Choosing the Best Basement Insulation Materials

Basement insulation is a great way to conserve energy and increase the livable area of your home. Care must be taken, however, in selecting the method of basement insulation because the basement presents unique challenges.

Basement Insulation Choices
Basement walls are subject to moisture from a number of fronts. Moisture can condense against the interior wall, it can be drawn into the concrete from footers or it can leak through cracks and pores in the concrete. It's not really a question of "if" your basement will attract moisture; it's more of a question of "when" it will attract moisture.

Moisture can reduce the effectiveness of insulation and can promote the formation of mold and mildew. Choosing a basement insulation material should involve keeping the realities of moisture in mind. Your choices include:

  • Blanket - Long a popular insulation material, fiberglass batts and rolls are still routinely used for basement insulation. Research by the Department of Energy, however, has shown that fiberglass blanket insulation is a poor choice given that moisture degrades its insulating ability quickly and that this type of insulation succumbs easily to mold and mildew.
  • Concrete block - There are several techniques for insulating concrete block used in foundation construction. These involve pouring expanding foam or foam beads into the cavities of the blocks during construction. This is a very effective insulating strategy for new home construction.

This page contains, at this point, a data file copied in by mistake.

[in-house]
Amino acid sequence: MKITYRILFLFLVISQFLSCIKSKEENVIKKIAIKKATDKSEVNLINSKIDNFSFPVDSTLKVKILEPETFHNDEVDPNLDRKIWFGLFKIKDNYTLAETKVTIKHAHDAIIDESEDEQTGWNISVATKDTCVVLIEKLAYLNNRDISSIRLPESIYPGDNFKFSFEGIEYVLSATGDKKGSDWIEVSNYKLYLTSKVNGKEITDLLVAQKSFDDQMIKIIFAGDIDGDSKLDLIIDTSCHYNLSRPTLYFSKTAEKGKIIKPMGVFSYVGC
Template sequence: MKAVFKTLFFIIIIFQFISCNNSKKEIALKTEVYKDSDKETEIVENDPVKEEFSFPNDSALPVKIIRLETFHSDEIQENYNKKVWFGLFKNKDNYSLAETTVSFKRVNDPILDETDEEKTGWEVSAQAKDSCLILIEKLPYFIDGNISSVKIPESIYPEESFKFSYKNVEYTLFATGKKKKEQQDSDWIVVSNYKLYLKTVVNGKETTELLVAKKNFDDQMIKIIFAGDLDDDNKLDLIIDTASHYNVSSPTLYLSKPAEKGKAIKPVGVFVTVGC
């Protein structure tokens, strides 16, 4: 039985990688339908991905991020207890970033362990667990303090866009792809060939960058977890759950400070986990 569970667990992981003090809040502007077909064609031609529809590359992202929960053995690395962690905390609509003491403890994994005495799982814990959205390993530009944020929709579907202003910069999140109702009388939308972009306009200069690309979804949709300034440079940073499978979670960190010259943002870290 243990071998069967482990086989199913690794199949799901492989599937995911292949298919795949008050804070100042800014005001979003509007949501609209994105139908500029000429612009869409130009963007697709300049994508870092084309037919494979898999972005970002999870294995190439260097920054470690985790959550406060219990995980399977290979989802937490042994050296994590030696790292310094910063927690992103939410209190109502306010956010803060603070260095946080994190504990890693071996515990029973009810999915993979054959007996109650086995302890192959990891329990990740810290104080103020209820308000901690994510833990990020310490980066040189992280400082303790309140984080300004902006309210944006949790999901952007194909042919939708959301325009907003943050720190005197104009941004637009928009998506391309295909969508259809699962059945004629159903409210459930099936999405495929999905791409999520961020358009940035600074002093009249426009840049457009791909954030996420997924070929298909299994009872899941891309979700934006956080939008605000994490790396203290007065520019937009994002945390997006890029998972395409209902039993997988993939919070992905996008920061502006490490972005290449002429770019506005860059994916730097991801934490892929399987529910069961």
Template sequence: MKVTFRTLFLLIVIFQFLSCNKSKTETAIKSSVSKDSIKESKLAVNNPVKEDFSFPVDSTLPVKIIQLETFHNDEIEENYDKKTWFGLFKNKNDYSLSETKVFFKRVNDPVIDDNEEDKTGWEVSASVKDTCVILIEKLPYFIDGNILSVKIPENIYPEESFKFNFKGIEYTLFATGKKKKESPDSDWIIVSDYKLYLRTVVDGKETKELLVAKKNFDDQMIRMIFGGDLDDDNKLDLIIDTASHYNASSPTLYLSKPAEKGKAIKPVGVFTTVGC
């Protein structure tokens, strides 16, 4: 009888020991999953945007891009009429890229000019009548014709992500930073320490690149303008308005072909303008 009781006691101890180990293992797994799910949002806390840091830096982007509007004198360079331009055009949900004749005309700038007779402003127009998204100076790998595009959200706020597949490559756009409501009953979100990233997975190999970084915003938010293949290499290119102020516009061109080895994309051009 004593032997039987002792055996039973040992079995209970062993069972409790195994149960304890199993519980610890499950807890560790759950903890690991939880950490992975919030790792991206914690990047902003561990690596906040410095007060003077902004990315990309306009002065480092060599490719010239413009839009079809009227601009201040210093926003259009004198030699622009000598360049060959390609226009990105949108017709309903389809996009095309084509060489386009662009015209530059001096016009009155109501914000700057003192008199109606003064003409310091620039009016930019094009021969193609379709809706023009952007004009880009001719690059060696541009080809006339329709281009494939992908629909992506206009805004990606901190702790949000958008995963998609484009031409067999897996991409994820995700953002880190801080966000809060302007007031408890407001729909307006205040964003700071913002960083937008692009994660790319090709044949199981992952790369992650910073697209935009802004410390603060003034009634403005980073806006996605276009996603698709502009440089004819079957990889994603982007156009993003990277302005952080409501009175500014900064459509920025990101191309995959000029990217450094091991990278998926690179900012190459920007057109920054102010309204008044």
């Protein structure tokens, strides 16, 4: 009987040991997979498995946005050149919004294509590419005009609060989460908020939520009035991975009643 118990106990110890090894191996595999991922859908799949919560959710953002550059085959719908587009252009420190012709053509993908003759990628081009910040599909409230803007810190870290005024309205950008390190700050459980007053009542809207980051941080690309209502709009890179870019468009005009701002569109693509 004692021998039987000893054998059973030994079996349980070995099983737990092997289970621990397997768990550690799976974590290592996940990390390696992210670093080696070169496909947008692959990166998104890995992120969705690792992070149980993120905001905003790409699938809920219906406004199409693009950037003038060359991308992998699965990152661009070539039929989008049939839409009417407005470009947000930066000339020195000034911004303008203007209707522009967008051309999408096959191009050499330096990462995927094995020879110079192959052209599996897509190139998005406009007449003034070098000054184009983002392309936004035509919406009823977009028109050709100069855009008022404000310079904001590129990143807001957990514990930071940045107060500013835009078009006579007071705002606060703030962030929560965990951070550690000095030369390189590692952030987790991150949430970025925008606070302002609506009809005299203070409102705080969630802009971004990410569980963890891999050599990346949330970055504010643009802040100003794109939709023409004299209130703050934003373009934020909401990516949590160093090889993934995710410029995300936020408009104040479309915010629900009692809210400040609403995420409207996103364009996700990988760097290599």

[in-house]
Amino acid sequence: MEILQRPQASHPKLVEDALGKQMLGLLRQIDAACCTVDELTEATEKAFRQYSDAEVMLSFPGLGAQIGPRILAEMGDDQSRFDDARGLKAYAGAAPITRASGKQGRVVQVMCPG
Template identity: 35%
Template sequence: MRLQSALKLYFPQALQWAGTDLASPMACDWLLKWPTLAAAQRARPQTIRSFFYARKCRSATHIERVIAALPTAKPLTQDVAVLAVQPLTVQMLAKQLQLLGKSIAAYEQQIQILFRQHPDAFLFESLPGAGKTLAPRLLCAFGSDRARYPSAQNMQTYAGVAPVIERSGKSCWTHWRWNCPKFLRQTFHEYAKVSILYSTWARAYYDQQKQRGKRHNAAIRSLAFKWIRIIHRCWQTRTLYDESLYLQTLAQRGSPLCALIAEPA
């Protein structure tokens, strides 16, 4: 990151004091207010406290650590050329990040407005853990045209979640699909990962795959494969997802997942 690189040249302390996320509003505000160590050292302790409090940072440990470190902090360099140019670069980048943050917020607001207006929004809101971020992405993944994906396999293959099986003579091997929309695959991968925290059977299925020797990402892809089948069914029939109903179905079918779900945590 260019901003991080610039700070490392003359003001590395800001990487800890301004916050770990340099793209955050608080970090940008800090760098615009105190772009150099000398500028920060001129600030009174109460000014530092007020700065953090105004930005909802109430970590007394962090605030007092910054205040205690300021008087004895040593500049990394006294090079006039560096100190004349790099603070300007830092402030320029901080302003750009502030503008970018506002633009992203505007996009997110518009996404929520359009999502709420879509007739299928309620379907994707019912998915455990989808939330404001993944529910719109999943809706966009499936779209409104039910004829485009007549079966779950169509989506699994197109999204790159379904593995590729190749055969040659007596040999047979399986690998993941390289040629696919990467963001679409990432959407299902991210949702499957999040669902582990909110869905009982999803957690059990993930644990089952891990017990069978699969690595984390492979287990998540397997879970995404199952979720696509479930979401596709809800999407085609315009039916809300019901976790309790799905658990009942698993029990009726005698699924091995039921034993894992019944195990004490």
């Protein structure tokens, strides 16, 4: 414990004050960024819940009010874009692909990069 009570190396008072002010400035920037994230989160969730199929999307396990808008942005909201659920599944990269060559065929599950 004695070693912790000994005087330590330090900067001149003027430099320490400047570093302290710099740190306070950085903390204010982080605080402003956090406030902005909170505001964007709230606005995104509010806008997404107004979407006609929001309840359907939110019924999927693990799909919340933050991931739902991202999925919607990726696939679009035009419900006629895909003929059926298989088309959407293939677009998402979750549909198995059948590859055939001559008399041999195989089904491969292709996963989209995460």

• Foam board - Rigid foam insulating boards don't have the same moisture issues as blanket insulation. Foam boards can be expensive, however, and need to have a fire-resistant barrier (typically drywall) installed under most building codes.
  • Exterior - Insulating the exterior of the foundation is another new construction strategy for insulating a basement. Exterior insulation can be costly, however, and protecting the above grade portion can be problematic.
  • Loose fill - When basement walls are finished, loose fill insulation like cellulose or rock wool. While cellulose is typically treated to be mildew and fire resistant, rock wool might be a better choice for basement insulation.
  • Sprayed foam - Applied as an expanding liquid, sprayed foam insulation can be a good choice for existing basement. Most building codes require sprayed foam to be covered with an approved thermal barrier-typically drywall-which means sprayed foam is best used in situations where a finished basement is the ultimate goal.
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